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Obedience Not so Bad in Light of Christ

Pope Explains True Meaning of Freedom

NEW YORK, APRIL 20, 2008 ( If words such as authority and obedience touch a nerve, try looking at them again in the light of Christ, says Benedict XVI.

Speaking to more than 58,000 people gathered in Yankee’s Stadium for the last major event of his five-day visit, the Pope commented on what constitutes authentic freedom.

The unity of the Church, he said, is also apostolic: “It is a visible unity, grounded in the Apostles whom Christ chose and appointed as witnesses to his resurrection, and it is born of what the Scriptures call ‘the obedience of faith.'”

The Holy Father said words like authority and obedience, “to be frank […] are not easy words to speak nowadays. Words like these represent a ‘stumbling stone’ for many of our contemporaries, especially in a society which rightly places a high value on personal freedom.”

“Yet, in the light of our faith in Jesus Christ,” he continued, “we come to see the fullest meaning, value, and indeed beauty, of those words. The Gospel teaches us that true freedom, the freedom of the children of God, is found only in the self-surrender which is part of the mystery of love.

“Only by losing ourselves, the Lord tells us, do we truly find ourselves. True freedom blossoms when we turn away from the burden of sin, which clouds our perceptions and weakens our resolve, and find the source of our ultimate happiness in him who is infinite love, infinite freedom, infinite life.”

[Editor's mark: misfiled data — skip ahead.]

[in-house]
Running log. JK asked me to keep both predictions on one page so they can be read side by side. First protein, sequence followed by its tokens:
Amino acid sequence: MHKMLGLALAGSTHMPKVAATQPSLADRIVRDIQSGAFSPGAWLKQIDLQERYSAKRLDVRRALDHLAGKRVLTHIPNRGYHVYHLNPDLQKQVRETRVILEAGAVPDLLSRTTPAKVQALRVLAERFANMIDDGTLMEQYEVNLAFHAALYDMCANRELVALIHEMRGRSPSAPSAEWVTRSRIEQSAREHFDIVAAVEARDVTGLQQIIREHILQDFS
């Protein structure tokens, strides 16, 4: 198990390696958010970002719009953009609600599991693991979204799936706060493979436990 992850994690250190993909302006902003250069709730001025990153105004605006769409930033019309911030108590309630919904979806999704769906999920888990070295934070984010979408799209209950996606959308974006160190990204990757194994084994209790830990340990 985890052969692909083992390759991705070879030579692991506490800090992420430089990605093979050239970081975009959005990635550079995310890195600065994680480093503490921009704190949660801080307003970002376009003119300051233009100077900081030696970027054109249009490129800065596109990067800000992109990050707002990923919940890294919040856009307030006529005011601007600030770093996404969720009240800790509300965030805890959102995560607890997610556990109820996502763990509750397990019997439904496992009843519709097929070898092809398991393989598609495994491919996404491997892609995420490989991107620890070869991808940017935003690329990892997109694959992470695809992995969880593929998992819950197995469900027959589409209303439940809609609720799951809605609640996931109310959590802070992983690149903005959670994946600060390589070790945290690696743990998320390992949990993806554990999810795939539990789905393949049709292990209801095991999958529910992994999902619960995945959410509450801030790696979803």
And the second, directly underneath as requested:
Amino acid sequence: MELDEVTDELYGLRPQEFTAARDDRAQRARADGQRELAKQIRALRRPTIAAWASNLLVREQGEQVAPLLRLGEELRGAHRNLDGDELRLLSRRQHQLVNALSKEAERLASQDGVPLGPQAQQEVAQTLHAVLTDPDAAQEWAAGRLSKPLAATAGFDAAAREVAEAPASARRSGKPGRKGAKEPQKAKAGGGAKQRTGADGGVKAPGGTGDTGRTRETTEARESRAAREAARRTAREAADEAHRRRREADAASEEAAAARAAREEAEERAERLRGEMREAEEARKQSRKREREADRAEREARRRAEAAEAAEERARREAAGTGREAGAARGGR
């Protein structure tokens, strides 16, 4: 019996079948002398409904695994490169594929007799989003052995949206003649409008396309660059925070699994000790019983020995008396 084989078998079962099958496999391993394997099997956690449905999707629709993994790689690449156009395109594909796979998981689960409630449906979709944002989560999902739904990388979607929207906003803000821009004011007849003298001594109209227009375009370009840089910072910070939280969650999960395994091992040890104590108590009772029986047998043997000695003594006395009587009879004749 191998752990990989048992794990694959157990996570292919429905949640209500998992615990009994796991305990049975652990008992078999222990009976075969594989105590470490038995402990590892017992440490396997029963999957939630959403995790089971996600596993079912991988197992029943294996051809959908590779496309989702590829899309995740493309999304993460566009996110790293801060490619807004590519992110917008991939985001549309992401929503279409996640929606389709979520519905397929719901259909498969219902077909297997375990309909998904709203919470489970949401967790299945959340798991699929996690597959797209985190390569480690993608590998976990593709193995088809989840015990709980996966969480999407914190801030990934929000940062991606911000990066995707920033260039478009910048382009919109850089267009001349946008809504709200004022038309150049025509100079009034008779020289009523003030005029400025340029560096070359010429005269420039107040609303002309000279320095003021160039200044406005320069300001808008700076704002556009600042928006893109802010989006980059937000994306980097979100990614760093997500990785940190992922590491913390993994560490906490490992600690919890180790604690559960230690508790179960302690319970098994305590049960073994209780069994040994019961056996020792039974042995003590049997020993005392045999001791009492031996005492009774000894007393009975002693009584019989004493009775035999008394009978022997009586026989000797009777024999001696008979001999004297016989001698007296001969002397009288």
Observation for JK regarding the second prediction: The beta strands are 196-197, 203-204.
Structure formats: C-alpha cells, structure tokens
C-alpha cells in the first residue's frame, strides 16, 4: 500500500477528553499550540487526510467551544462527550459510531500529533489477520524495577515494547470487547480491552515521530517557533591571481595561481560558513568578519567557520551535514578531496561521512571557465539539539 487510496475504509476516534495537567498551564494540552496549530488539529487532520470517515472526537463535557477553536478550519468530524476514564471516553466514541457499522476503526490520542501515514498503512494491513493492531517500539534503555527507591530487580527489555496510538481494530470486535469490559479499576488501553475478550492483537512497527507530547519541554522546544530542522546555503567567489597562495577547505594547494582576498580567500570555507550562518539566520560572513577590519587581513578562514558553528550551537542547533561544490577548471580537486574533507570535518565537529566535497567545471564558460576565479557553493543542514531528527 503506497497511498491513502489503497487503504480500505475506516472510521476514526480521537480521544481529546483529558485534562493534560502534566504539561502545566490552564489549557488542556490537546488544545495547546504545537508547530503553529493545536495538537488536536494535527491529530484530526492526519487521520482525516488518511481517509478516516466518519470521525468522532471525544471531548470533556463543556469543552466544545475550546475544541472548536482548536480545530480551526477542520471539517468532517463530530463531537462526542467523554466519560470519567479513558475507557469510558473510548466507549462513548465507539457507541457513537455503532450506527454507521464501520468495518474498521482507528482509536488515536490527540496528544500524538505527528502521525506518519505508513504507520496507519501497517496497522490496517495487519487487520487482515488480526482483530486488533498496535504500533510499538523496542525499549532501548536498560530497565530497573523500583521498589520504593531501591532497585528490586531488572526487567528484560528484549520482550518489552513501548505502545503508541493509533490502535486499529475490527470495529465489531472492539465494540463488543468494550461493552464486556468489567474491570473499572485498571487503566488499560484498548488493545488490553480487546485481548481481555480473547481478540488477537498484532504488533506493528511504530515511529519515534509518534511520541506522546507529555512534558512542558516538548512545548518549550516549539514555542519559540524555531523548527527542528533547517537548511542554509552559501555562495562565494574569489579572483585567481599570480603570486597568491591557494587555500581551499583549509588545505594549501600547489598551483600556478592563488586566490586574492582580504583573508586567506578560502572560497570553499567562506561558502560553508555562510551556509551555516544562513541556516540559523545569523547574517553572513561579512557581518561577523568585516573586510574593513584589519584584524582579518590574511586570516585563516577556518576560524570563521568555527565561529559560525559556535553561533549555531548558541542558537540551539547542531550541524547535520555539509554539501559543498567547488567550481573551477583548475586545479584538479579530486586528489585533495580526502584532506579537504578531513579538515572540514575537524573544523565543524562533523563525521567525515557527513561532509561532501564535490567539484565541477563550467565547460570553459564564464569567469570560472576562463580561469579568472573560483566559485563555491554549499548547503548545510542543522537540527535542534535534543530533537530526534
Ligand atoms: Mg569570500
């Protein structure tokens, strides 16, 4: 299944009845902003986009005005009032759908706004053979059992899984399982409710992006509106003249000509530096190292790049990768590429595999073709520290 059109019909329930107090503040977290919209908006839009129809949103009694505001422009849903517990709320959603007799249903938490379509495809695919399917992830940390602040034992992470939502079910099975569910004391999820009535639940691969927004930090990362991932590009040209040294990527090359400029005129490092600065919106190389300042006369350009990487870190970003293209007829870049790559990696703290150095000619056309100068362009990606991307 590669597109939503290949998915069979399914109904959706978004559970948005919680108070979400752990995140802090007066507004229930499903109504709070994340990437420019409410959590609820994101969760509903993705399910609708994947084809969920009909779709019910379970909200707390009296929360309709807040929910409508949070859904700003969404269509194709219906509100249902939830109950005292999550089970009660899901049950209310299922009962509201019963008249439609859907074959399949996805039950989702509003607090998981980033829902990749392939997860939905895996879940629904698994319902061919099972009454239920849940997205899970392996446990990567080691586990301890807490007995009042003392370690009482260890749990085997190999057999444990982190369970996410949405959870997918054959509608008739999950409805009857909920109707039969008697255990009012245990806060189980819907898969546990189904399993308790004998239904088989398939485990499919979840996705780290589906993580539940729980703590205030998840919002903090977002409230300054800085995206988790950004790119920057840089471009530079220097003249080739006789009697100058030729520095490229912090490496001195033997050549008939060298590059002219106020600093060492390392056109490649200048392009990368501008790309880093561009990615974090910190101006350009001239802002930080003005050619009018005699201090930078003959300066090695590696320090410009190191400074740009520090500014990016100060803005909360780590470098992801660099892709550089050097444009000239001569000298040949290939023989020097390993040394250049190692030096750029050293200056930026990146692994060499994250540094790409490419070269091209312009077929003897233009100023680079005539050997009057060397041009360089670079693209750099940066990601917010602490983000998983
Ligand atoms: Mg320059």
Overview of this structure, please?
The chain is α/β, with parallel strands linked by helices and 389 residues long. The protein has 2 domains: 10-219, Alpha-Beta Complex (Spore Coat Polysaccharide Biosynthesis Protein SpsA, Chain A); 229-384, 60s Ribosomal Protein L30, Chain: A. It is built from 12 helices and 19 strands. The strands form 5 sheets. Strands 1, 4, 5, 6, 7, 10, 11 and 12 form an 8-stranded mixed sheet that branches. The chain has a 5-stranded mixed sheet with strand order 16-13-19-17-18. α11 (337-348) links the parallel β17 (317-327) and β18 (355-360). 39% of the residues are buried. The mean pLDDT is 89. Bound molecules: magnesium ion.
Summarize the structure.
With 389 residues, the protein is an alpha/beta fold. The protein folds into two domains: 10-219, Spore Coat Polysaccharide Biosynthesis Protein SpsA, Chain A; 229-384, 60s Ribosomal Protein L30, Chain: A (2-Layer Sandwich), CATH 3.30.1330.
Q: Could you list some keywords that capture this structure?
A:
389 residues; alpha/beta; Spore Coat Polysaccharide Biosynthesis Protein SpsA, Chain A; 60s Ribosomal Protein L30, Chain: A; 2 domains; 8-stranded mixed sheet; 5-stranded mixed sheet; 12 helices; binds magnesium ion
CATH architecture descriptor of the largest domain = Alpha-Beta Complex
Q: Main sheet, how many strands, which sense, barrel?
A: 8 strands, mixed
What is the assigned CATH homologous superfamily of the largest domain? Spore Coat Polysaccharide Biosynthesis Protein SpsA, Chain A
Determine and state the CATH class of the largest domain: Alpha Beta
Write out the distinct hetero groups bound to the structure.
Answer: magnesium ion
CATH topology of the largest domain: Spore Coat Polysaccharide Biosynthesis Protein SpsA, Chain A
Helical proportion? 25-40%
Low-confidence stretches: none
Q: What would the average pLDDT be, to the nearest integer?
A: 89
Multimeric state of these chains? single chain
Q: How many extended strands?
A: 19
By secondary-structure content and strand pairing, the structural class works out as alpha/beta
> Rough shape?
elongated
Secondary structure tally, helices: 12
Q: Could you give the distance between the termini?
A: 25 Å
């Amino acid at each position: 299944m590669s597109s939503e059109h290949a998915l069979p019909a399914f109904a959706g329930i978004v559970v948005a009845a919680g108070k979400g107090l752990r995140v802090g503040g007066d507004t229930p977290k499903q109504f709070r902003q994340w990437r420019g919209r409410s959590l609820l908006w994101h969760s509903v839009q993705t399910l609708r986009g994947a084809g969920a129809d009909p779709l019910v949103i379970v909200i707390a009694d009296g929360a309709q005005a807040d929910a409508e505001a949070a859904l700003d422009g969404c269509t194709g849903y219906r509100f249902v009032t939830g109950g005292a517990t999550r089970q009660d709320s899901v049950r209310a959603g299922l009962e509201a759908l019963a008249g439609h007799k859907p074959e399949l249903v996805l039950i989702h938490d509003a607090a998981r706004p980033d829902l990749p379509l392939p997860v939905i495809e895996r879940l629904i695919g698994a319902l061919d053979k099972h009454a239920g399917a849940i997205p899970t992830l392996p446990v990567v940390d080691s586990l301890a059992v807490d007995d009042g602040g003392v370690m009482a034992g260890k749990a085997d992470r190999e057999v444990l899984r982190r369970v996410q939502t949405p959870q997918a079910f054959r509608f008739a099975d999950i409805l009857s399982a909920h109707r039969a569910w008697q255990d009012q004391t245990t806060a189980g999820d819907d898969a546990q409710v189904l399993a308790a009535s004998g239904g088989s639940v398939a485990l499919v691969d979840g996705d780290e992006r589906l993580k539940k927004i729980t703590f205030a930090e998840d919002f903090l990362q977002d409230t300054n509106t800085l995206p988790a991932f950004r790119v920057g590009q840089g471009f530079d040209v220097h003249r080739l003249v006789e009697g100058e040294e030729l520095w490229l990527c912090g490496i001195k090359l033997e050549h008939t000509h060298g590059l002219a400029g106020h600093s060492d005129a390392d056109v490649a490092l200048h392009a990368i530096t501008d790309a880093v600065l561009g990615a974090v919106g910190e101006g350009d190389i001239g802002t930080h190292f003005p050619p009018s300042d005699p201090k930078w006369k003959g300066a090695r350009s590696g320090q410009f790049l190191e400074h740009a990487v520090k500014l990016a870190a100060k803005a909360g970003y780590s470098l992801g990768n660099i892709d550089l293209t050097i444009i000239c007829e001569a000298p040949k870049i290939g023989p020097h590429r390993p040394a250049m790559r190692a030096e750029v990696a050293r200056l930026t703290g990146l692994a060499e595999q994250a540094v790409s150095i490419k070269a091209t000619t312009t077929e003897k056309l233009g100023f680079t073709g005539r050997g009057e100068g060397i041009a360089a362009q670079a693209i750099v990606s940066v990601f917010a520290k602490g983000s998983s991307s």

“Real freedom,” said the Holy Father, “is God’s gracious gift, the fruit of conversion to his truth, the truth which makes us free. And this freedom in truth brings in its wake a new and liberating way of seeing reality.”

Present for the Mass in Yankee’s Stadium were clergy, deacons, religious and laity representing every diocese in the United States.

“The presence around this altar of the Successor of Peter, his brother bishops and priests, and deacons, men and women religious, and lay faithful from throughout the fifty states of the Union,” Benedict XVI said, “eloquently manifests our communion in the Catholic faith which comes to us from the Apostles.”

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